Interview: Fungi To Be With

M@
By M@ Last edited 150 months ago
Interview: Fungi To Be With
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It's mushroom season, when our woods and undergrowth are bursting with mycological delights. Go for an autumnal stroll on Hampstead Heath, Epping Forest or any of our other semi-wild parks, and you can't help but notice those crazy alien forms skulking under bushes or clinging from trees. Tasty fry-up, 'mind-expanding' psychedelic, shelters for little gnomes - mushrooms have many associations and uses. But which ones are edible? Can we just take what we want? And which bits of London are best for foraging?

We decided to question Andy Overall, founder of the Fungi To Be With mushroom club. Going on one of his fungi forays is perhaps the only way to ensure a good mushroom trip. Arf. Arf.

Tell us a bit about yourself

My name is Andy Overall and I started the ‘fungi to be with mushroom club’ back in 1996 recognising that I wasn’t the only one interested in wild mushrooms and the need to re-connect people with their natural environment. The walks work on many levels, stress, socialising, exercise and of course wild food. Some would consider this a strange vocation for me as I had been involved in the music business for many years as a singer/songwriter, having hits such as ‘Cry Boy Cry’ in 1982 with a band called Blue Zoo. It wasn’t that strange though as I had grown up in the Essex countryside and had inherited an interest and connection with the natural environment, in those days it was wild birds.

What first piqued your interest in fungi?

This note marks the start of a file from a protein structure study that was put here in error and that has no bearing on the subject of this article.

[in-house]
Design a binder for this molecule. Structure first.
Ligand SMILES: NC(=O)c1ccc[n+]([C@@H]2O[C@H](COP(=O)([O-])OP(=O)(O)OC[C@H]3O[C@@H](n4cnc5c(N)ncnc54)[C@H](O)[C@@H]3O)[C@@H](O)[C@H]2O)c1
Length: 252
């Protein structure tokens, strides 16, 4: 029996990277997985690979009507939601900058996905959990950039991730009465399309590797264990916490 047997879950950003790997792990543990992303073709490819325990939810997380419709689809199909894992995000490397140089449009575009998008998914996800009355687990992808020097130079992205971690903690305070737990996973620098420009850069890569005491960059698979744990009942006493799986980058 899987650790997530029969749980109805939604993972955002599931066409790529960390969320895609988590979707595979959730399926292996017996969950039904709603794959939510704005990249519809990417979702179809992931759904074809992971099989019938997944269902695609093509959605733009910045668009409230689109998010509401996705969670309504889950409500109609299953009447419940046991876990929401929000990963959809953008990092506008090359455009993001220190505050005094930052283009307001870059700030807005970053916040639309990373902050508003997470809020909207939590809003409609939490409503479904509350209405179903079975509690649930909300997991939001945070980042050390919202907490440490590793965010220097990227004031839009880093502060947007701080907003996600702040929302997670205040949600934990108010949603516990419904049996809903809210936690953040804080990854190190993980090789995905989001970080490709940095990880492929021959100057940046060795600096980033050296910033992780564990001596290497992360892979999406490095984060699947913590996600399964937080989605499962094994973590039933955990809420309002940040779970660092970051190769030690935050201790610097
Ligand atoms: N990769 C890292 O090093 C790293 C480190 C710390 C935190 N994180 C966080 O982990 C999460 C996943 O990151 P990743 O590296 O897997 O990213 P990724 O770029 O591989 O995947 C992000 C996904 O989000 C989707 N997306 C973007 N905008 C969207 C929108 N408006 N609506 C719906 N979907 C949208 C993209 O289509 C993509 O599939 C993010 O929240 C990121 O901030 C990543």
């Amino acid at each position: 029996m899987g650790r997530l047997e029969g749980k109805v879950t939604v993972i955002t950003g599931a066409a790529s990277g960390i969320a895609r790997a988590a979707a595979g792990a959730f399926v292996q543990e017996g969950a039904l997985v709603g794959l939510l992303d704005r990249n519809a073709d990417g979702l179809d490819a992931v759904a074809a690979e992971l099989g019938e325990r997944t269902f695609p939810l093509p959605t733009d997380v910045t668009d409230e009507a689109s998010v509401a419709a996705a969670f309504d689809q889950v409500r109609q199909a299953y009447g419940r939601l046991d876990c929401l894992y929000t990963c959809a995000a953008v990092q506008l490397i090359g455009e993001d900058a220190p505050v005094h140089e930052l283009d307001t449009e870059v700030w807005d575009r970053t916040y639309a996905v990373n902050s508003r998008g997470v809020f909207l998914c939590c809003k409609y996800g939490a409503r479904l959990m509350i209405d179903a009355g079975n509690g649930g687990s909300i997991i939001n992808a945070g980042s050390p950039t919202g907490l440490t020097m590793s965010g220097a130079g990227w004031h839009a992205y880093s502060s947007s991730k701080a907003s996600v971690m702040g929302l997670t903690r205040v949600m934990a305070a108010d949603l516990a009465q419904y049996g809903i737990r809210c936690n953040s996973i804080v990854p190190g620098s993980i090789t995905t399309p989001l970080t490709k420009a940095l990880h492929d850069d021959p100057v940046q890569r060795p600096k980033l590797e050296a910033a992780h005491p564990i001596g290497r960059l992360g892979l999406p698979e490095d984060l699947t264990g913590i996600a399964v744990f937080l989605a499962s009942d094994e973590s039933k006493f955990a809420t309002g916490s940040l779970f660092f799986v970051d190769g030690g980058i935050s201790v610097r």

I first became interested in fungi when during the early nineties I discovered horse mushrooms growing on the lawn at the back of the flat I was living in, in West Hampstead. I then made trips to Hampstead Heath and the New Forest in search of different varieties; I soon became bored of just looking for edibles and started taking an interest in other types.

Are you self-taught, or have you taken any professional qualifications?

I am self-taught over 10 years with the help of professional mycologists and other amateur mycologists.

A lot of people are turned off by fungi – associations with athlete’s foot and that kind of thing. What would you say to such people, to convince them that they’re missing out?

I certainly wouldn’t encourage people to pick and eat athlete’s foot, but I would encourage them to take an interest in mushrooms and toadstools when they are paying a fortune in some restaurant for a wild mushroom dish. But not only for that reason, fungi are fascinating and ecologically crucial; I think it is important that those interested in edible fungi should understand this.

It’s well known that picking wild flowers is illegal in this country. Are there similar regulations for fungi?

Fungi are not plants - they produce spores not seeds, they obtain their nutrients by absorption. The mushroom you see above ground is one stage in the life cycle of a fungus; the business end of a mushroom is under the soil and called mycelium, it harvests all the nutrients it needs to produce a mushroom. So a mushroom is like an apple, picking apples is not illegal, unless you are trespassing. Old bye-laws in many areas forbid the removal of practically anything from the natural environment, including mushrooms; these can be enforced if the need arises. The general rules for collecting mushrooms are, get permission from those who manage a given area, once you have permission, then 1.5 kg per person is the limit. Always remember to leave some behind to help propagate the species and that you are not the only thing on this planet that utilises fungi, deer eat them, and squirrels eat them and many insects for laying eggs and food for their larvae. Fungi are essential in the decomposition process, helping release nutrients back into the soil = Saprophytic Fungi. They also form a mutual symbiosis with most vascular plants = Mycorrhizal Fungi, important to all woodland ecosystems. But there are those fungi that will attack injured trees and plants = Parasitic Fungi, rotting the heartwood or roots over time. There are also fungi that parasitize humans, such as Athlete’s Foot.

We’ve heard that fungi thieves have been taking large numbers of mushrooms from Wimbledon Common, for sale to restaurants. Have you ever caught people doing this, and what would you say to them?